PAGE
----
Finding Our Voices by Sharing Stories:
Using Story to Create A Transformative Curriculum in A Homeless Shelter
In January 2003, Gail Catlin and I received a grant from the National Storytelling Network to develop a transformative story curriculum for homeless women in the Women’s Empowerment Program. The Women’s Empowerment Program is a privately funded jobs and housing program that has now graduated over 1000 women with a distinctive 80% job and housing attainment rate. Lisa Schmitt Culp, program founder and director, attributes the unusual success rate to many factors, including transformative arts component of the program, specifically the story curriculum.
The overall goal of the story curriculum is to help the women identify and reframe nonproductive life patterns, while also developing a sense of ownership over their lives. I meet with each group several times to offer story sessions. The curriculum uses different types of story to weave a comprehensive approach. The journaling session opens up possibilities of personal storytelling, while also giving the women a tool for self-reflection and discovery. The folklore sessions use traditional stories and myths to open up new avenues for understanding personal experiences and patterns. The biographies help the women gain historical perspective and an appreciation of the role of social forces, while also offering inspiration.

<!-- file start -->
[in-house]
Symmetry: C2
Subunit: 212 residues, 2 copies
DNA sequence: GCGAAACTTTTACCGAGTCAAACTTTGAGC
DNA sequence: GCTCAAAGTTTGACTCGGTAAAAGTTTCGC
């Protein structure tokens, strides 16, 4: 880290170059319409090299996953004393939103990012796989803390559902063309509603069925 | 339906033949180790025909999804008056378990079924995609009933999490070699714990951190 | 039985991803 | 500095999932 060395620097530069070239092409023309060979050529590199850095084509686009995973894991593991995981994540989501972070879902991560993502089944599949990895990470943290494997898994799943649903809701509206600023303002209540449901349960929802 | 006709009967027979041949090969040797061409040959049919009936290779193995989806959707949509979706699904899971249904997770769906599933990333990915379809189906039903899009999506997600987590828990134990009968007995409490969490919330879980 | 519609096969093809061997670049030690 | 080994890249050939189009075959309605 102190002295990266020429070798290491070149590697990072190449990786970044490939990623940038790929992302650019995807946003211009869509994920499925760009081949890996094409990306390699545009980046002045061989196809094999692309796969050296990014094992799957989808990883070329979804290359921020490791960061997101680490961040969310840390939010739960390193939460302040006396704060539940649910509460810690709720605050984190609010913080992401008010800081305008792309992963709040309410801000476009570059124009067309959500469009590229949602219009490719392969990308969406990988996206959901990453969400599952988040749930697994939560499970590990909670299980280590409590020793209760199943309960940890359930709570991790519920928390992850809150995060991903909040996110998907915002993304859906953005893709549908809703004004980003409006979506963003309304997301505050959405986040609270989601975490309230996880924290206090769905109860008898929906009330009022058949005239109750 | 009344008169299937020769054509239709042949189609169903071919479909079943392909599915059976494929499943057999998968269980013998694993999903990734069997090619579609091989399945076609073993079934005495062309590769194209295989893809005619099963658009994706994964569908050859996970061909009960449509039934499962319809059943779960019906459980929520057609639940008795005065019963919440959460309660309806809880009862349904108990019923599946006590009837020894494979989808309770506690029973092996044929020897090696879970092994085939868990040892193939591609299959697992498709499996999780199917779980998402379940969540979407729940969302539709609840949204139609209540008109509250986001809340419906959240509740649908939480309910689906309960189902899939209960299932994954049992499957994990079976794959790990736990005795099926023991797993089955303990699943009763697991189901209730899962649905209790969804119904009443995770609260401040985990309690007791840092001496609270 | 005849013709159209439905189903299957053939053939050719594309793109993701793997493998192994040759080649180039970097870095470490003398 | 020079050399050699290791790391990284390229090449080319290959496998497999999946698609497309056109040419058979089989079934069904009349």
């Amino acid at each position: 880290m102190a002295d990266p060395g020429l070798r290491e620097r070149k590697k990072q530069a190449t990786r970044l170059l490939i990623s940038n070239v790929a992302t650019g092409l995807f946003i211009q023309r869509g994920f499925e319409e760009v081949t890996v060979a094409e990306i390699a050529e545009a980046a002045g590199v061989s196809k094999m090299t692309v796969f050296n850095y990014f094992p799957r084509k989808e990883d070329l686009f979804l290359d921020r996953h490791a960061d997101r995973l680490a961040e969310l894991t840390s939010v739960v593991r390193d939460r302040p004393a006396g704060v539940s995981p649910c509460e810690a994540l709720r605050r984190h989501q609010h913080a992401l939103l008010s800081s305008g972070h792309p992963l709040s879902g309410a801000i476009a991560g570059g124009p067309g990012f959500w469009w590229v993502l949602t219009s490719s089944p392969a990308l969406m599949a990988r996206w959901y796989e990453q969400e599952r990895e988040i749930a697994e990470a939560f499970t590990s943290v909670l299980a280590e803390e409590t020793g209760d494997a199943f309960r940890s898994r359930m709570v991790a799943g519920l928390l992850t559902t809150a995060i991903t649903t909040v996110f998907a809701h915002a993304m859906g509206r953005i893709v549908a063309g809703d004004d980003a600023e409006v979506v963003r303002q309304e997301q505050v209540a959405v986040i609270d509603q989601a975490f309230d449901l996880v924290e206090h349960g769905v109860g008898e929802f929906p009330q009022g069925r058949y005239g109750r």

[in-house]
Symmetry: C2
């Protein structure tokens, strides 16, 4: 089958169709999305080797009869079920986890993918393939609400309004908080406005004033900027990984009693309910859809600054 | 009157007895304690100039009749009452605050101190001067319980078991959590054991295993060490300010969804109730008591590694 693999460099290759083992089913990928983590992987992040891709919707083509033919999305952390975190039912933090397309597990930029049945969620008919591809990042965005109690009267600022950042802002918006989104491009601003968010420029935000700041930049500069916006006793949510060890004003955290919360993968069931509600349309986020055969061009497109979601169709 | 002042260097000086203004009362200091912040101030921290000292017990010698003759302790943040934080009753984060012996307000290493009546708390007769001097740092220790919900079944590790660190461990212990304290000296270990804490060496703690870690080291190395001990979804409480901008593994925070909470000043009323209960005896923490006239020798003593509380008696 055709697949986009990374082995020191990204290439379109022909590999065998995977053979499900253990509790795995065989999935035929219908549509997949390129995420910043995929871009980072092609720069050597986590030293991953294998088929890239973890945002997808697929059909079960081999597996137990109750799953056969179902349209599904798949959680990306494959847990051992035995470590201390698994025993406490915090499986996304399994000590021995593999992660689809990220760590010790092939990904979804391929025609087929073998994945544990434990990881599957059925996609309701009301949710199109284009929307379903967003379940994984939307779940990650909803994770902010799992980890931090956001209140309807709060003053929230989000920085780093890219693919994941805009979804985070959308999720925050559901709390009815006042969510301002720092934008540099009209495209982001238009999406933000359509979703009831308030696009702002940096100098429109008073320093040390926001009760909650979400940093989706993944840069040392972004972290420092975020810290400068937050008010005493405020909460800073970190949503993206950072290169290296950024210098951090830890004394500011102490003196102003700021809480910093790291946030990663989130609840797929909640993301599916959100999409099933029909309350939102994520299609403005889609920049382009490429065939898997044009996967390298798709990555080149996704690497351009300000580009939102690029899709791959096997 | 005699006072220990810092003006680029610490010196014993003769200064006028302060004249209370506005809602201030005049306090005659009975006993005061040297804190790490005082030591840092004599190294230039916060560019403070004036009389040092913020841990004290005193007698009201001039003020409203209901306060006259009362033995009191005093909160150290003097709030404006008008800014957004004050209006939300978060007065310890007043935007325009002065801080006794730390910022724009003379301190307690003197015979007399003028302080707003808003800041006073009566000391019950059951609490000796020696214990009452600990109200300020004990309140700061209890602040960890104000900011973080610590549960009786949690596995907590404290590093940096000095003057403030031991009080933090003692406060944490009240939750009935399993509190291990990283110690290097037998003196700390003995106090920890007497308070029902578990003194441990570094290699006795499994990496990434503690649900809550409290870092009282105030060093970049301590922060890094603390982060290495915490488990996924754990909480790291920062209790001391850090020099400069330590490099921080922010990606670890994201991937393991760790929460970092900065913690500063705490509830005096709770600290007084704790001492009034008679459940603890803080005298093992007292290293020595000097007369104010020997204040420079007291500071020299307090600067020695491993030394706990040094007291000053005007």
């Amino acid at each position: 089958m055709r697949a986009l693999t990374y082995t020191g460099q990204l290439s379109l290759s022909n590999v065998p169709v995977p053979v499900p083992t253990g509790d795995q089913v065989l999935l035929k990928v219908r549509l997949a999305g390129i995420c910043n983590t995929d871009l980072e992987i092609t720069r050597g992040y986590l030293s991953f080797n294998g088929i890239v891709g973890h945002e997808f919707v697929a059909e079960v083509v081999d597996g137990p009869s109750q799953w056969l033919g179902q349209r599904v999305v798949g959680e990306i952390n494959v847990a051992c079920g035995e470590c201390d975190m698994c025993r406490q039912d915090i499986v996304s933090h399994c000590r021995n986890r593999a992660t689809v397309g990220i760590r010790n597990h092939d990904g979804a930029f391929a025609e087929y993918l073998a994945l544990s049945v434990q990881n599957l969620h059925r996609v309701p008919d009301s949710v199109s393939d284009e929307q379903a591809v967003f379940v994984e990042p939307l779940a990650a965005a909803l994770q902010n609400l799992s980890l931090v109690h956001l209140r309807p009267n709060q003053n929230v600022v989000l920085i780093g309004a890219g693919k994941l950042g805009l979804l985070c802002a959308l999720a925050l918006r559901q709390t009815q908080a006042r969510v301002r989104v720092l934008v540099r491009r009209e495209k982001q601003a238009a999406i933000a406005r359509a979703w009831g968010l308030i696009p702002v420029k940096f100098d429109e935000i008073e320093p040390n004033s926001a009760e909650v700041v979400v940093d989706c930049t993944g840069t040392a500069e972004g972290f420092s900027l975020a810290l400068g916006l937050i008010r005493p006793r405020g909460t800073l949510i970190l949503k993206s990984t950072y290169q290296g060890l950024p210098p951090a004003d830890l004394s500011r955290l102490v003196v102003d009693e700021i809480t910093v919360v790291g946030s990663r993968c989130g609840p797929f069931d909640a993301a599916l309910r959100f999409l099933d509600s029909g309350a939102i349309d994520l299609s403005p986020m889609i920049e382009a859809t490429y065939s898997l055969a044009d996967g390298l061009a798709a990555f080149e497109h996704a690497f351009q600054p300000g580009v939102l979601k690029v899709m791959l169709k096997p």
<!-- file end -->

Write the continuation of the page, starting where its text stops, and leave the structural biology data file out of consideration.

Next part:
One group member expressed the role of story clearly and succinctly when she wrote, “Story brings the possibility of change, the hopefulness of creativity, the ability to overcome an obstacle, and the nurturing piece.”
The photograph is from the Women’s Empowerment centerpiece and shows one of the client’s biographies. A biography is chosen daily and read out loud to open each session.